NOLB has many requests from the SIV [Special Immigrant Visa – the type of visa that brings our translators home] community ranging from rent assistance, employment help, need for automobiles …. and the list goes on. Unfortunately, for every request we get, we have to turn many others away due to limited financial resources.
Recently, NOLB learned that last year the children of our interpreters had arrived at their new schools without the requisite school supplies required by the County. This resulted in them being embarrassed and picked on by their peers. We can all appreciate how difficult it is to go to a new school, but when you are doing this in an entirely new country it is particularly scary for these kids. Being embarrassed on the first day makes it even more difficult.
In order to insure that not having the necessary school supplies would not be an issue this year, NOLB and two local Methodist Churches teamed up to raise the money to purchase the supplies.
On Saturday, 27 August, two days before school started the following Monday, NOLB and volunteers from the churches arrived in Woodbridge, VA at a complex where a large number of SIVs live. With us we had a pick-up truck and a mini-van filled with all the school supplies required for everyone from the kindergartner to the High School senior.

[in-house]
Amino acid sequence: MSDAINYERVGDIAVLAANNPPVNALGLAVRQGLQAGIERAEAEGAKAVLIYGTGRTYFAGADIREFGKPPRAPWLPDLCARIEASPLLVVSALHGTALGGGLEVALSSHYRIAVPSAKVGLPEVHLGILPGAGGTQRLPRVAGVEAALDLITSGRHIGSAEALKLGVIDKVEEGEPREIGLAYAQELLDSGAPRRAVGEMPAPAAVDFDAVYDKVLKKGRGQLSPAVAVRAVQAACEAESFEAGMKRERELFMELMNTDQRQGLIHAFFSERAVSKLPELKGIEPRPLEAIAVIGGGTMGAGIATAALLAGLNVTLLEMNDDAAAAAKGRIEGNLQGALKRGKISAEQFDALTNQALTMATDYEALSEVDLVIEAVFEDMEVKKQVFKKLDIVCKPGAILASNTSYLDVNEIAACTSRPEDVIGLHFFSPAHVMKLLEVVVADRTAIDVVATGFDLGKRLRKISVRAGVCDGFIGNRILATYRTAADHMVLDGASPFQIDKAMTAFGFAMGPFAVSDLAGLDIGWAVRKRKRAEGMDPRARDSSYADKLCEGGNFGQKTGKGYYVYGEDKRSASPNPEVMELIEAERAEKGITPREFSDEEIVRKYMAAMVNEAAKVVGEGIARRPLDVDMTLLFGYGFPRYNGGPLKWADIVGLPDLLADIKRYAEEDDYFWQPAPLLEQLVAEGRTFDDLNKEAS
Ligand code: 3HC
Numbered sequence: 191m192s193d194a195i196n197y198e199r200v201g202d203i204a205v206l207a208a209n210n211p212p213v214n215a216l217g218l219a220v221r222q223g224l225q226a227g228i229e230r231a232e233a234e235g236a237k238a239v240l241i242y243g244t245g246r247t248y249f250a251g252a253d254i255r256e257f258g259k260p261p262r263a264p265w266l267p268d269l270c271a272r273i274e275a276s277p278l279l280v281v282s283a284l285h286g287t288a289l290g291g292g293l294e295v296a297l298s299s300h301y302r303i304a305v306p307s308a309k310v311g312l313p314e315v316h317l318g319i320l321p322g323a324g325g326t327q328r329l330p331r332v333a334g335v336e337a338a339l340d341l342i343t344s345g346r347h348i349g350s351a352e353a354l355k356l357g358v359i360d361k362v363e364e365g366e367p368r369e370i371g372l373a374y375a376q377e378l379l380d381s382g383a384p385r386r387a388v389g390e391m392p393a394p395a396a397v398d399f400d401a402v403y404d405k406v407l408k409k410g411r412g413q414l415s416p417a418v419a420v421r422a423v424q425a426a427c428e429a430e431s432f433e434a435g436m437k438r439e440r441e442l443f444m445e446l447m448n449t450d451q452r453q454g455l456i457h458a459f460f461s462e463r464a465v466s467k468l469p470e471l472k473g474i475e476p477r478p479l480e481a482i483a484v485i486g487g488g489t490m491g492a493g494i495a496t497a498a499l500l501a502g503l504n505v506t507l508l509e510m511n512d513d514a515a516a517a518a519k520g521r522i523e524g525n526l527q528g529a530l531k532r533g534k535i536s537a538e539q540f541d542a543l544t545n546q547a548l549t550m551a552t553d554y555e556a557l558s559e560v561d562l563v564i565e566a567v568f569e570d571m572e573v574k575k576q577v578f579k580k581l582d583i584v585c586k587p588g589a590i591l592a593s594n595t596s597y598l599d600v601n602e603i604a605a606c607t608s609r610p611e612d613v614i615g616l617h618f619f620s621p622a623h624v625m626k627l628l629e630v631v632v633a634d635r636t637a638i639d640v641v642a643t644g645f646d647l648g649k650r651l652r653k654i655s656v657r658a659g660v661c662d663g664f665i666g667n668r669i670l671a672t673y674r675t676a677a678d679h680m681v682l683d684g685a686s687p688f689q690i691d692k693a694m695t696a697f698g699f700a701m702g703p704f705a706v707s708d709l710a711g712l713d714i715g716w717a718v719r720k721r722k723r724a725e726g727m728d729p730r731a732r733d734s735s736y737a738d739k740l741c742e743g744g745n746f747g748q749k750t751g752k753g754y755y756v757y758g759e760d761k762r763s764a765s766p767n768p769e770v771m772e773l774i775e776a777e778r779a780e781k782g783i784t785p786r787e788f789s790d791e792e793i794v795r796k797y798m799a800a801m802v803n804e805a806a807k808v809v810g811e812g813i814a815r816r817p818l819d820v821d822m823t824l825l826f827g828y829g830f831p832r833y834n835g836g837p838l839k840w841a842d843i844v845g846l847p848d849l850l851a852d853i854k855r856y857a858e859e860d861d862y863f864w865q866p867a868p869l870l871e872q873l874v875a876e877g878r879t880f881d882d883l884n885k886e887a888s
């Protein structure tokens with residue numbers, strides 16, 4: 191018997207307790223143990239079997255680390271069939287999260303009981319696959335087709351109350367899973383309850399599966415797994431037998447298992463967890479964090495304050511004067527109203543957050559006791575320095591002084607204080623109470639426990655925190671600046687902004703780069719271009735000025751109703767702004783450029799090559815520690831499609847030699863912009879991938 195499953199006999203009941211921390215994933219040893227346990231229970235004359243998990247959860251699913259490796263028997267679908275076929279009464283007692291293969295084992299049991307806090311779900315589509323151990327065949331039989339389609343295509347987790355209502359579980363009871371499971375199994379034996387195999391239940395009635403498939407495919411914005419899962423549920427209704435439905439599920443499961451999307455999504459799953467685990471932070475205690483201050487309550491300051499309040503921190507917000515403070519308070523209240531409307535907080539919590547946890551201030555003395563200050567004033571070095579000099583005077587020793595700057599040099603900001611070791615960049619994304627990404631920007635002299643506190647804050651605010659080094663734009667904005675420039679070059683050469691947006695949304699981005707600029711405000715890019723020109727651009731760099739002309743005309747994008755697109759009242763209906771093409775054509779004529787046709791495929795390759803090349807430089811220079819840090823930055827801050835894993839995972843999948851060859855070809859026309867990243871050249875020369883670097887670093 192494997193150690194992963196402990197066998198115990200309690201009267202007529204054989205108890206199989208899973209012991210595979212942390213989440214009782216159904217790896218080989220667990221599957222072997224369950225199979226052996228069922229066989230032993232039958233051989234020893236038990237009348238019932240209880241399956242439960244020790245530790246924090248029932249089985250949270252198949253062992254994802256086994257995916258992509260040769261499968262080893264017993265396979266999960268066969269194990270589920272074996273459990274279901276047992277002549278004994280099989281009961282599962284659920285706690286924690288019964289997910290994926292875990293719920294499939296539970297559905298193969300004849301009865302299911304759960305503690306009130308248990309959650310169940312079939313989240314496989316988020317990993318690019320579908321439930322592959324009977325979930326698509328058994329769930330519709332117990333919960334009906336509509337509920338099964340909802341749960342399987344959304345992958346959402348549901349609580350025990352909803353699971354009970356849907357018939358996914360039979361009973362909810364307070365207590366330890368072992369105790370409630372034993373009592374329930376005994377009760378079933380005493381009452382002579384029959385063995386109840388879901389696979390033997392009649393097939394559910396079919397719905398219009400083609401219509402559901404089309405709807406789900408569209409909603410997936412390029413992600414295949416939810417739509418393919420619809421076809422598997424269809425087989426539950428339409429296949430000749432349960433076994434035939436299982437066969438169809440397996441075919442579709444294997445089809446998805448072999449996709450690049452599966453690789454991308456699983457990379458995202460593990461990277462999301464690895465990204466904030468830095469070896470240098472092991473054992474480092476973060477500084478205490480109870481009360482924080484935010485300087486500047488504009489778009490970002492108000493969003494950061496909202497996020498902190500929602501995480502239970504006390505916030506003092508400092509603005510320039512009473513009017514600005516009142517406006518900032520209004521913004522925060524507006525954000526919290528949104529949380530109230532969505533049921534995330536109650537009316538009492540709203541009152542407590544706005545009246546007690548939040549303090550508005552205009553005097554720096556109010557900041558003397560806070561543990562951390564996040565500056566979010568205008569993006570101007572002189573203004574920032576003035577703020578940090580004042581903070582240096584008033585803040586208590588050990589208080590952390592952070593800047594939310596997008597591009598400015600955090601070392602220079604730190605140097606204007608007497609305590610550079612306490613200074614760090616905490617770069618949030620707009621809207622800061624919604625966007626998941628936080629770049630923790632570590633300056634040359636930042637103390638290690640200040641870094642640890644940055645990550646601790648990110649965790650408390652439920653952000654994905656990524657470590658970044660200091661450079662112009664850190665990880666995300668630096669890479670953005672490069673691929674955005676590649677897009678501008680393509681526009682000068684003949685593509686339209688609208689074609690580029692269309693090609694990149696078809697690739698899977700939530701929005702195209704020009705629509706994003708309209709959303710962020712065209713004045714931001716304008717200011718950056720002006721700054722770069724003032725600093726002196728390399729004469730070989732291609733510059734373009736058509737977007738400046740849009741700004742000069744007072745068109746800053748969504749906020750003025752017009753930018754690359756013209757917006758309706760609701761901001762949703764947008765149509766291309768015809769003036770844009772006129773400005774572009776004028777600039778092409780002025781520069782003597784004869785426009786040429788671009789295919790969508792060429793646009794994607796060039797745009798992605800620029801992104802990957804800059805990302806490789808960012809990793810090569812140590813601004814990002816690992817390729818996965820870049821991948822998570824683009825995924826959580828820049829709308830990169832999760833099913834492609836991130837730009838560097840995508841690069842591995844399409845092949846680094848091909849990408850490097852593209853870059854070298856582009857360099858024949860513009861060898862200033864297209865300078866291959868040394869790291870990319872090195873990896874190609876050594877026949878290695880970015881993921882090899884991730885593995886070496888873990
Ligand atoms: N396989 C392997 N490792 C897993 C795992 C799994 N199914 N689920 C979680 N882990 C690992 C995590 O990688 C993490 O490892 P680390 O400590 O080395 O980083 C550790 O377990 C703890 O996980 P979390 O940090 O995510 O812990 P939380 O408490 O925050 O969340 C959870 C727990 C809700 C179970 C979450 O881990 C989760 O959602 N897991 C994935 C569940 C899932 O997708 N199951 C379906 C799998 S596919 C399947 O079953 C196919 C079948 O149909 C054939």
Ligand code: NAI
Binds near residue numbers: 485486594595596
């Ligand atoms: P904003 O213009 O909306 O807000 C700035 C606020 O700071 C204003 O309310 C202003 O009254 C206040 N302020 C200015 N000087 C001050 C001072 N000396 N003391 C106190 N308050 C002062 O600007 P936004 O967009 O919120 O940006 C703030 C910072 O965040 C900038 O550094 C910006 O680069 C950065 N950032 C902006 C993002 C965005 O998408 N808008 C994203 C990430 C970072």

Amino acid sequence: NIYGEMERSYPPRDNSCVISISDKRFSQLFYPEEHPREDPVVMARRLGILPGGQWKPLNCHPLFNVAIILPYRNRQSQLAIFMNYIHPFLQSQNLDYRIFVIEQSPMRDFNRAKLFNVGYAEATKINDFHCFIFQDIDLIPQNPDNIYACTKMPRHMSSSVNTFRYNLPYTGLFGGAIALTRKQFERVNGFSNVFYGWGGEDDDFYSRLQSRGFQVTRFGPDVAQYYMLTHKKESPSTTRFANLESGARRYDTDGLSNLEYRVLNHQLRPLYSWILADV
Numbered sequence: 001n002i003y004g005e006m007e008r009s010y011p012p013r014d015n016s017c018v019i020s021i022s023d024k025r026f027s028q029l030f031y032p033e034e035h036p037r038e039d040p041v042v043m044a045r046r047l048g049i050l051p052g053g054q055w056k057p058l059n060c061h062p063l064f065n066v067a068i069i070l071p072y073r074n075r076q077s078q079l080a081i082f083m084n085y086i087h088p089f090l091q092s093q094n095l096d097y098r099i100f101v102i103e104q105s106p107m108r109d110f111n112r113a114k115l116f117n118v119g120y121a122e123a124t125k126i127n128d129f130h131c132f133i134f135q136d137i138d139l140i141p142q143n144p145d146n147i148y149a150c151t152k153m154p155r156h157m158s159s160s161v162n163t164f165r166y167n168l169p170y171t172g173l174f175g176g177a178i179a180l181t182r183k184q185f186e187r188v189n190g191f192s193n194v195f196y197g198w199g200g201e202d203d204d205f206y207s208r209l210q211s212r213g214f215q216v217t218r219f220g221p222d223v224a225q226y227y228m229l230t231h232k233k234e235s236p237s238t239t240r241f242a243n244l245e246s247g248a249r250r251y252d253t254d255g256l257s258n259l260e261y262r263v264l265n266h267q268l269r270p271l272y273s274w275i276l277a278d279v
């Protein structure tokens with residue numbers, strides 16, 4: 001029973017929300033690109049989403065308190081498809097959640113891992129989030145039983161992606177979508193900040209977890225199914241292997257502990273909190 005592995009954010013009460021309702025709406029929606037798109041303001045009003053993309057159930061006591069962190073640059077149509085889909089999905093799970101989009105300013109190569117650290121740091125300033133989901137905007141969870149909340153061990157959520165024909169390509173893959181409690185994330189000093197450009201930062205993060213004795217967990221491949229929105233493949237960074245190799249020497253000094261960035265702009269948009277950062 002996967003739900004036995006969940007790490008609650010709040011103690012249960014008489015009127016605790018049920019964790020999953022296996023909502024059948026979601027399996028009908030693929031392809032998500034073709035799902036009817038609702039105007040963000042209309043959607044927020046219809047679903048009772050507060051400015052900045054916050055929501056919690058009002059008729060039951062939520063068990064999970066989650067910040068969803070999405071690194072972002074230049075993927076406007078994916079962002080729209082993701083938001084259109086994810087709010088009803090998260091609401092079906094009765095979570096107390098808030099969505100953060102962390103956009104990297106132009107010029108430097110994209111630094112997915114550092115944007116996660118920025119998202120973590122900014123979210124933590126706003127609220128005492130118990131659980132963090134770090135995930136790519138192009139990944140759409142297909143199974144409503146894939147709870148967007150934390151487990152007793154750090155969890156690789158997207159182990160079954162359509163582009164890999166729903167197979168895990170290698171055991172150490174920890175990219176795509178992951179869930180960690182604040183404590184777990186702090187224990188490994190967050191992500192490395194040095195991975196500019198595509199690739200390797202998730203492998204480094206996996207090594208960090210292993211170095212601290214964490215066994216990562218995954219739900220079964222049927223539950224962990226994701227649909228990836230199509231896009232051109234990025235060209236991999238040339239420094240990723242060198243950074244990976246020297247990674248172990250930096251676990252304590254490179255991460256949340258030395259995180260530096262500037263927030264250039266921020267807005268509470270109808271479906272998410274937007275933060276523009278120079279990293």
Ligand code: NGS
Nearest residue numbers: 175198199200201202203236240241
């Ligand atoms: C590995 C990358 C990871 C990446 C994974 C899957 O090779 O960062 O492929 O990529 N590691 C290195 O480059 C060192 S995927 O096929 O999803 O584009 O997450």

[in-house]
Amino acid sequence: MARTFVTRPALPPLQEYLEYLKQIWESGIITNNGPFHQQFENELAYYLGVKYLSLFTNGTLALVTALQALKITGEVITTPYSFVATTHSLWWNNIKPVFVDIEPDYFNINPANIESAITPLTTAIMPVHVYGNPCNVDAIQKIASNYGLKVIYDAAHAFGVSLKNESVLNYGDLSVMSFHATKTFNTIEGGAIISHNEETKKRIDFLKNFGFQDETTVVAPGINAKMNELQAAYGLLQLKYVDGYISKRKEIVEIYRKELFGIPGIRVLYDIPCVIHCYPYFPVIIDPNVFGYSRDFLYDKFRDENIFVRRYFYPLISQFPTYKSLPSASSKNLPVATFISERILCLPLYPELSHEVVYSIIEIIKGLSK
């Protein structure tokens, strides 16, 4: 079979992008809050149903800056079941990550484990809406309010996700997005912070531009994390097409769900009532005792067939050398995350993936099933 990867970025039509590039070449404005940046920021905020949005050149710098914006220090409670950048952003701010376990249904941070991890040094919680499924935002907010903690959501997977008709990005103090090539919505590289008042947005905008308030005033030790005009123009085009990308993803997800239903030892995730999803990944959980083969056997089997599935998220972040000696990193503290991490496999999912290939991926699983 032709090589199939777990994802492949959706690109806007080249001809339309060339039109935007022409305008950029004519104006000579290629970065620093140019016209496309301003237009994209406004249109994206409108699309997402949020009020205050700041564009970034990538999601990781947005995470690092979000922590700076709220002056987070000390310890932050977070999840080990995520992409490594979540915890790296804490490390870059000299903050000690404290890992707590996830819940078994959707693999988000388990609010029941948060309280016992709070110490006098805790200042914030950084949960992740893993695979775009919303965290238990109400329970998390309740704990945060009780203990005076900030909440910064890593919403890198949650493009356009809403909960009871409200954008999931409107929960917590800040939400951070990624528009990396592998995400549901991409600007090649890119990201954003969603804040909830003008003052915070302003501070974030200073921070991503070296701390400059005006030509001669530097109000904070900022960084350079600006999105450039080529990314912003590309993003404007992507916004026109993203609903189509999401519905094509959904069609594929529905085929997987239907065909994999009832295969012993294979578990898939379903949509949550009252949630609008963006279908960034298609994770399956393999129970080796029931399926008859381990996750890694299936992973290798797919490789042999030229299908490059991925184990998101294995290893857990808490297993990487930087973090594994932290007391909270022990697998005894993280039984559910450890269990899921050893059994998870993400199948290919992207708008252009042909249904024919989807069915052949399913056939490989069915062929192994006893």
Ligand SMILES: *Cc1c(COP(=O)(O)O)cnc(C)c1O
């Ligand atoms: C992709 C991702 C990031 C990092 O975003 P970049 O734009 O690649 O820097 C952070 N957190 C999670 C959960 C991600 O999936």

As the children lined up and awaited their turn to get their supplies their excitement was clearly visible. We estimate that we were able to serve over 80 Afghan children. We had enough supplies left over that we were able to supply roughly the same number of children at an SIV community in Maryland the next day.
Sometimes the work of NOLB is frustrating because the needs are so great and our resources are so limited, but it is all worthwhile when you see the faces of the kids who just received their back to school supplies and the sense of gratitude from the parents who couldn’t afford to do this for their children.
With all the hugs and smiles the were generated on Saturday and Sunday, the volunteers left the event seeing first-hand how NOLB is changing the lives of thousands of interpreters and their families that are trying to carve out a life in their new country.